Sardinian Anglo-Arab

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Sardinian Anglo-Arab
A Sardinian Anglo-Arab horse
Other namesSardinian, Anglu-Arabu Sardu, AAS
Country of originSardinia

The Sardinian Anglo-Arab, (Sardinian: Anglu-Arabu Sardu) Sardinian, or AAS, is a horse breed from the Mediterranean island of Sardinia, where it has been selectively bred for more than one hundred years. It derives from cross-breeding Thoroughbred horses with Sardinian horses carrying Arabian blood.


In 1874 The Ozieri Army Remount Station was established to supply mounts for the cavalry units of the Italian Army. To produce horses suitable for the cavalry, indigenous Sardinian mares were crossed with oriental-bred stallions such as the foundation sire Osmanié, and, starting from 1883, also with French-bred Anglo-Arabian stallions.

In 1915, captain Grattarola, director of the Ozieri Remount Station, continued the work by crossing the best 600 available mares with stallions of Purosangue Orientale breeding, using as his founding stallions Abbajan Sciarragh, Talata u Kamsin and Etnen u Kamsin, which had all been purchased directly from Bedouin desert tribes. Later on, Thoroughbred stallions started to be utilized on the mares of mixed Sardinian and oriental ancestry. One such Thoroughbred stallion was Rigogolo (son of Havresac II).

A goal of a minimum of 25% Arabian blood was set. In 1967 the breed was officially named “Anglo-Arabo Sardo” (abbreviated in AAS). Lately the suffix "sardo" has been dropped and the breed is increasingly being promoted as an Anglo-Arabian horse.

Related breeds[edit]

There is also a smaller native horse called the Giara horse, which is thought to have developed from Numidian (North African-possibly Barb) stock brought to the island by the Carthaginians in pre-Roman times. It is these native horses that crossed first with Arabians and then Thoroughbreds, that provided the local foundation bloodstock that contributed to the creation of the Sardinian Anglo-Arab. The Government remount station in Ozieri is now crossing the Giara Horse with Arabians, Small AAS and even German riding Ponies in an effort to produce a pony ideally suited to equestrian sports, and is creating the "Giarab" pony breed. Many specimens of AAS are contributing to the foundation bloodstock of a new breed, named the "Sella Italiano" or Italian Saddle Horse.


Since the 1960s the AAS has proven itself in the sport of eventing and has also established itself as a racehorse and a steeplechaser. In 1990, Ostenda, an AAS horse won the Grand Prix des Pouliches in Tarbes, and the mare Vituliana repeated this feat in 1997. Vidoc, an AAS stallion, placed first in the Prix du Ministere in 1997. The majority of horses competing in the Palio di Siena belong to the Anglo Arabo Sardo breed. They replaced the Thoroughbred for racing in the Palio di Siena after several horses had fractured their legs in the tight turns of the Siena Square, so they were replaced by the shorter and sturdier breed whose legs can better withstand the stress of the race. This horse also plays an important role in the folk festivals of Sardinia's horse culture such as the Sartiglia di Oristano, The Cavalcata Sarda and the Ardia di Sedilo. Several specimens are used by mounted regiments of the Carabinieri police force, continuing the tradition of the breed as a cavalry horse.[1]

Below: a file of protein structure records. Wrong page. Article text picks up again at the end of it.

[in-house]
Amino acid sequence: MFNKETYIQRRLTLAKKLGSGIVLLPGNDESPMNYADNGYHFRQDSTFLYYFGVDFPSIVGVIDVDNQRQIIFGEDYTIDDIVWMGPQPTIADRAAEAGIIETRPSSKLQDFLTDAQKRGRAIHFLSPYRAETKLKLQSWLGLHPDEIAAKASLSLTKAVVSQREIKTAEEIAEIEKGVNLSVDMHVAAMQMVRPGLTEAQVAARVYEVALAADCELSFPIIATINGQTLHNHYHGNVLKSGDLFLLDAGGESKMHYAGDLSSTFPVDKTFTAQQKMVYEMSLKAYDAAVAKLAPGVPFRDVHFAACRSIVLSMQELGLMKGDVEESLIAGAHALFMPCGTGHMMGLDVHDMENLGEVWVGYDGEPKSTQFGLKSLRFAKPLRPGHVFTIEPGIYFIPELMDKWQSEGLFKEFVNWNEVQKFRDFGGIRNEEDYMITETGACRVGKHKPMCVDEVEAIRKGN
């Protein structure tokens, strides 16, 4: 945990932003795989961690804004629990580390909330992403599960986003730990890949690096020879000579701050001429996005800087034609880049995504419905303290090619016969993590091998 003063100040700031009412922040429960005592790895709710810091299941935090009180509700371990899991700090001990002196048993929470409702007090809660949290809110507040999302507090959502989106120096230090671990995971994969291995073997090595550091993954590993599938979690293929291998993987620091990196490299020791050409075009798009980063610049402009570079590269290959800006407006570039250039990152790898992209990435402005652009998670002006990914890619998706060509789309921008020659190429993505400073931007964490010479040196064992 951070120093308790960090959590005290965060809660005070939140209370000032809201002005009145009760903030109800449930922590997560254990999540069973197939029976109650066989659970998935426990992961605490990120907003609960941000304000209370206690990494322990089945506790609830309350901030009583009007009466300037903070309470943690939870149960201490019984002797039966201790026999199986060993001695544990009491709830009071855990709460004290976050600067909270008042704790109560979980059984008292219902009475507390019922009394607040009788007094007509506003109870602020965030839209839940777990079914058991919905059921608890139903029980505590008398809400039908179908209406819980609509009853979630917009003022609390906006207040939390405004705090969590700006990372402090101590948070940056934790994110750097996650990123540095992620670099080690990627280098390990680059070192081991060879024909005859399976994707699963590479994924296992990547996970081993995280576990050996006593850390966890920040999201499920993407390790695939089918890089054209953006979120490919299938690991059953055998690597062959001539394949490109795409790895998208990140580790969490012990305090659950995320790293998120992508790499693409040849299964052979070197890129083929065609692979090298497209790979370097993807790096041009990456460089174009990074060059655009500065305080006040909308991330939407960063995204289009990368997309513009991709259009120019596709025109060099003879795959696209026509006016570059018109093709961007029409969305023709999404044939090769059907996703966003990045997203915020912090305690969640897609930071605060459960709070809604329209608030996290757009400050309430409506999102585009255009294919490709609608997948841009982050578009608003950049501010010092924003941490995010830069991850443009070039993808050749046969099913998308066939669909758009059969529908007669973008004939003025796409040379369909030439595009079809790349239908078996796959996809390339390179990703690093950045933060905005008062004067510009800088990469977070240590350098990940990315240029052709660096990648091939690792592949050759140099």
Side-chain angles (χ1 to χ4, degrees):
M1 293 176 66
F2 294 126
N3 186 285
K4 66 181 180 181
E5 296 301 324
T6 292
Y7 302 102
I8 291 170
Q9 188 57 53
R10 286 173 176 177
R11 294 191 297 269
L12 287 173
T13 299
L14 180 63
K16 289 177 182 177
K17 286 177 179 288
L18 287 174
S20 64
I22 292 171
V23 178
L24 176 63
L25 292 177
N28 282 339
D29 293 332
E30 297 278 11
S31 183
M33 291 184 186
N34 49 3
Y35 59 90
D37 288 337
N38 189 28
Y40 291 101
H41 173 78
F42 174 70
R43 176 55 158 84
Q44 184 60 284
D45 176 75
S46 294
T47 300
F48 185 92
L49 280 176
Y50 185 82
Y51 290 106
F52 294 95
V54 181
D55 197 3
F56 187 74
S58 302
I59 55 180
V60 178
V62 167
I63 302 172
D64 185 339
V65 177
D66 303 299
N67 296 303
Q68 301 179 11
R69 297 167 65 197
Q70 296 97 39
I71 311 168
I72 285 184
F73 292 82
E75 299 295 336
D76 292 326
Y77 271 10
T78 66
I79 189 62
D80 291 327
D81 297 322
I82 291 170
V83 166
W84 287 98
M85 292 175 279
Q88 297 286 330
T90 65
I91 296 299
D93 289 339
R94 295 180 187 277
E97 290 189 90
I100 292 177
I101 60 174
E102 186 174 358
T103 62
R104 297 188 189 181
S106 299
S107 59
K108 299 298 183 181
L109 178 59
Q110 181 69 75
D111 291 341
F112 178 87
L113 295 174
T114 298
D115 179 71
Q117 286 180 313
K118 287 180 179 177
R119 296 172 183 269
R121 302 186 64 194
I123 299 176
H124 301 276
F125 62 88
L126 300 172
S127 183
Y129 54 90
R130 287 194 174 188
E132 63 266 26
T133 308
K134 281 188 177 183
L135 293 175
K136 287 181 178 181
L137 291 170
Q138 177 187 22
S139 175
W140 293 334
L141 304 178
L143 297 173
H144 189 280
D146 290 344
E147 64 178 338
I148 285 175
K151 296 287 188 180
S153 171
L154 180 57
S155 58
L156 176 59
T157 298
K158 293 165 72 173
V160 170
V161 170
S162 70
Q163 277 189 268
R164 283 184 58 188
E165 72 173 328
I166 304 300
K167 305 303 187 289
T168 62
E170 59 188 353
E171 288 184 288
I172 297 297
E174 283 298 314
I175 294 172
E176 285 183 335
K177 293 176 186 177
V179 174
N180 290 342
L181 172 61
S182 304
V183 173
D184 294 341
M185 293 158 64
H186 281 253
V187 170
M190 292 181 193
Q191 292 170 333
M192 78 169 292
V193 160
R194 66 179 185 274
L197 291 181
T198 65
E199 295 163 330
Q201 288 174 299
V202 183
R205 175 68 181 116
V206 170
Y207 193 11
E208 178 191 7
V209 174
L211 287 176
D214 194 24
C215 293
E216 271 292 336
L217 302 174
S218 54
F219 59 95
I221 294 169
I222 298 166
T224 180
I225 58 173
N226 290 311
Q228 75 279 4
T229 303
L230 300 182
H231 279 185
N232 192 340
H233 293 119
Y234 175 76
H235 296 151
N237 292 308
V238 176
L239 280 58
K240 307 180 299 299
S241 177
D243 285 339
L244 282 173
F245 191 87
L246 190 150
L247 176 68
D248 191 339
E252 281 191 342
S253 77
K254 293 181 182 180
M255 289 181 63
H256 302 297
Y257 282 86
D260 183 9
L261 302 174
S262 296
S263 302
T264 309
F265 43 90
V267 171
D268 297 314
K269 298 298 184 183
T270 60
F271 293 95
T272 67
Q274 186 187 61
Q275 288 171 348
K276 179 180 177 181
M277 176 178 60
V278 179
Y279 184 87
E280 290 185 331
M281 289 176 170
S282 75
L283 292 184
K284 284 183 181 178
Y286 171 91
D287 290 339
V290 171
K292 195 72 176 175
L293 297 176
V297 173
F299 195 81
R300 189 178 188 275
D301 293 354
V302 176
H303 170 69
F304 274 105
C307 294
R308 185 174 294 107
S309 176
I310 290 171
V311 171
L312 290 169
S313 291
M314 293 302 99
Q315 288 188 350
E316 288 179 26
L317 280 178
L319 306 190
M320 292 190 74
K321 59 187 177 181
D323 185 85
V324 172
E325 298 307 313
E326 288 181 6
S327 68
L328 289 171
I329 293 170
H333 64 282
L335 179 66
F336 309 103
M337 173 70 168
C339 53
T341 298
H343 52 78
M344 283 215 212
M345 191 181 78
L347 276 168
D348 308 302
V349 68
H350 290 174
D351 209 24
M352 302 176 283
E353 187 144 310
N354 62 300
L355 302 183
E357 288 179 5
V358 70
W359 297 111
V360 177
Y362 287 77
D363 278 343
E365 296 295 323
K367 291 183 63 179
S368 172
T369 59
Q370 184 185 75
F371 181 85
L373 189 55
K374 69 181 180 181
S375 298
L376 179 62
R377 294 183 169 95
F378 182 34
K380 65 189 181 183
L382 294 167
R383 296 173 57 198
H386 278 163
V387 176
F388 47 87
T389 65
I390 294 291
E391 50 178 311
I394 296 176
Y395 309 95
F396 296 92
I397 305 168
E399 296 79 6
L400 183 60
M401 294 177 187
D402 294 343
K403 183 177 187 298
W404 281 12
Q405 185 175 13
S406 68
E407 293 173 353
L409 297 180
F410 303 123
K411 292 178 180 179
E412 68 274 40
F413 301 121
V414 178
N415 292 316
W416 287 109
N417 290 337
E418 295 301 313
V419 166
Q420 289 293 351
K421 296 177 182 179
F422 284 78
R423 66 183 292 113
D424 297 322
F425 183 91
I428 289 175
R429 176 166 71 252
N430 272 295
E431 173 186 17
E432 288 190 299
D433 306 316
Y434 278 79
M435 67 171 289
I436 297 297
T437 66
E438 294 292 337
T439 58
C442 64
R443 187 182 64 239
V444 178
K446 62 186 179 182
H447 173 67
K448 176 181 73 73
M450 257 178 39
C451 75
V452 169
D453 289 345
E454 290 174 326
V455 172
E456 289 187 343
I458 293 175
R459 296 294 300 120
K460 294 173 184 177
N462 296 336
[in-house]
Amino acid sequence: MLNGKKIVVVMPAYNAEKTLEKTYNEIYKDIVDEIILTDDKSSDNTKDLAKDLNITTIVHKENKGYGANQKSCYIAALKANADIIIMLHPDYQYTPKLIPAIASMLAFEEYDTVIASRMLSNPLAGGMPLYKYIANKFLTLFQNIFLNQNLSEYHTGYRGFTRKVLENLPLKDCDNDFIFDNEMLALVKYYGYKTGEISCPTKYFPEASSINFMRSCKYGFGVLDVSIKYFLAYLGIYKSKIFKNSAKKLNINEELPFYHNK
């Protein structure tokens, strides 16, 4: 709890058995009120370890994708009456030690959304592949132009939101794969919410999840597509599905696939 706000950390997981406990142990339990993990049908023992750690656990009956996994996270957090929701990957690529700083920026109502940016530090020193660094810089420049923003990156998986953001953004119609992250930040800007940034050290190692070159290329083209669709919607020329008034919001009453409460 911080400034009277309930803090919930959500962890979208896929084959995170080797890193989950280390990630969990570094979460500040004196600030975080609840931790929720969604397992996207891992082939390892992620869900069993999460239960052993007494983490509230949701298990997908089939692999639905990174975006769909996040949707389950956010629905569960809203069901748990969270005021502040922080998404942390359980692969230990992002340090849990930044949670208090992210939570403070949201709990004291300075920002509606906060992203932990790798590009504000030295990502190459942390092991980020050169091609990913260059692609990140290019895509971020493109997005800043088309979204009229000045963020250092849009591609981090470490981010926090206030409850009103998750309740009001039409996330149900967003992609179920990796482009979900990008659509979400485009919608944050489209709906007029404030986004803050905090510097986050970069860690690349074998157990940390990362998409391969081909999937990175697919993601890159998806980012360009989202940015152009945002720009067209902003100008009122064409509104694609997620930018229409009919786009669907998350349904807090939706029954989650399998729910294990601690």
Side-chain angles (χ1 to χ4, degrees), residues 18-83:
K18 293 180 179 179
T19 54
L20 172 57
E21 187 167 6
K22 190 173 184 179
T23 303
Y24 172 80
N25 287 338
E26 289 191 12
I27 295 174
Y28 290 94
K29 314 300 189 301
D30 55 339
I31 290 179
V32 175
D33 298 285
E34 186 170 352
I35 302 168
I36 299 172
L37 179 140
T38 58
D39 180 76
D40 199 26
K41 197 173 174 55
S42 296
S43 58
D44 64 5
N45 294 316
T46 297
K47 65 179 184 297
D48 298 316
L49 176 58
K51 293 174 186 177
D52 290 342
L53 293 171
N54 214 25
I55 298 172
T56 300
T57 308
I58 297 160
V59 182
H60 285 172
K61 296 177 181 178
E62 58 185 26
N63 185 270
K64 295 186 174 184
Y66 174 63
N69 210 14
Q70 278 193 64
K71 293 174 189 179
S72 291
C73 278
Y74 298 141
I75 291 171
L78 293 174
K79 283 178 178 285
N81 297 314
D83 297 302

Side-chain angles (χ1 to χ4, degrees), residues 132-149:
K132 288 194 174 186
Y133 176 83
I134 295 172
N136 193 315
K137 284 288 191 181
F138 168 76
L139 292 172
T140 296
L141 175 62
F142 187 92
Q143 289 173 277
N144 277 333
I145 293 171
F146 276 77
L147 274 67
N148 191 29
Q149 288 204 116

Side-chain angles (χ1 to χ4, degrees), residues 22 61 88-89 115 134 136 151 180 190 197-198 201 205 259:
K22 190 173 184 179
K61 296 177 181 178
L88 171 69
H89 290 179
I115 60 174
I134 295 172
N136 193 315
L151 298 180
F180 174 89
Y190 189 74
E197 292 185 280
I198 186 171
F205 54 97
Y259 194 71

The Sardinian Anglo-Arab is characterized by solid feet and legs, a refined head with a straight profile and a fiery temperament with speed and stamina. In cavalry trials it was able to cover 100 kilometers per day for several days. Horses have a light (Dolichomorphic) build with long legs and neck. Colours include bay, chestnut or gray. Height at the withers ranges from small type 156–158 centimetres (15.1–15.2 hands; 61–62 in), medium type 158–165 centimetres (15.2–16.1 hands; 62–65 in), to large type, which is taller than 165 centimetres (16.1 hands; 65 in) Weight is 450–550 kilograms (990–1,210 lb)


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